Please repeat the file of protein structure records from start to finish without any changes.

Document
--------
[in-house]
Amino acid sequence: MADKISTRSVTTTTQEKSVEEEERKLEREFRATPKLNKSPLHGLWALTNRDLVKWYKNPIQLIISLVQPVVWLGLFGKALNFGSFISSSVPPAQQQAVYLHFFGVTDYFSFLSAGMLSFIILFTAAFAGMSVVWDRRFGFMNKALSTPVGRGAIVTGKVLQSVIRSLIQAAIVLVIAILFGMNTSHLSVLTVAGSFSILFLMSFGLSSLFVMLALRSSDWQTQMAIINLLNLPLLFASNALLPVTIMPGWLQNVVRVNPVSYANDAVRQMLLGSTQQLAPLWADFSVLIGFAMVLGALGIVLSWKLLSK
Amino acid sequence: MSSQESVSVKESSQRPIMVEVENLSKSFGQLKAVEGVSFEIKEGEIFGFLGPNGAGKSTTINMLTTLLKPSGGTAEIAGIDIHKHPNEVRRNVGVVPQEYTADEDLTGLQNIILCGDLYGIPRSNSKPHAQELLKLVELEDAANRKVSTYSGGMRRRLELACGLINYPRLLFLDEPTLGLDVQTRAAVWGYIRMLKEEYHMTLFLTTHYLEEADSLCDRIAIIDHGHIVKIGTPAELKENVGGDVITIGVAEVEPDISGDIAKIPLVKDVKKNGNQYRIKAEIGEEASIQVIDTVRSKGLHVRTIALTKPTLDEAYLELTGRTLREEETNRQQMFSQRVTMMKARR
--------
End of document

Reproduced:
[in-house]
Amino acid sequence: MADKISTRSVTTTTQEKSVEEEERKLEREFRATPKLNKSPLHGLWALTNRDLVKWYKNPIQLIISLVQPVVWLGLFGKALNFGSFISSSVPPAQQQAVYLHFFGVTDYFSFLSAGMLSFIILFTAAFAGMSVVWDRRFGFMNKALSTPVGRGAIVTGKVLQSVIRSLIQAAIVLVIAILFGMNTSHLSVLTVAGSFSILFLMSFGLSSLFVMLALRSSDWQTQMAIINLLNLPLLFASNALLPVTIMPGWLQNVVRVNPVSYANDAVRQMLLGSTQQLAPLWADFSVLIGFAMVLGALGIVLSWKLLSK
Amino acid sequence: MSSQESVSVKESSQRPIMVEVENLSKSFGQLKAVEGVSFEIKEGEIFGFLGPNGAGKSTTINMLTTLLKPSGGTAEIAGIDIHKHPNEVRRNVGVVPQEYTADEDLTGLQNIILCGDLYGIPRSNSKPHAQELLKLVELEDAANRKVSTYSGGMRRRLELACGLINYPRLLFLDEPTLGLDVQTRAAVWGYIRMLKEEYHMTLFLTTHYLEEADSLCDRIAIIDHGHIVKIGTPAELKENVGGDVITIGVAEVEPDISGDIAKIPLVKDVKKNGNQYRIKAEIGEEASIQVIDTVRSKGLHVRTIALTKPTLDEAYLELTGRTLREEETNRQQMFSQRVTMMKARR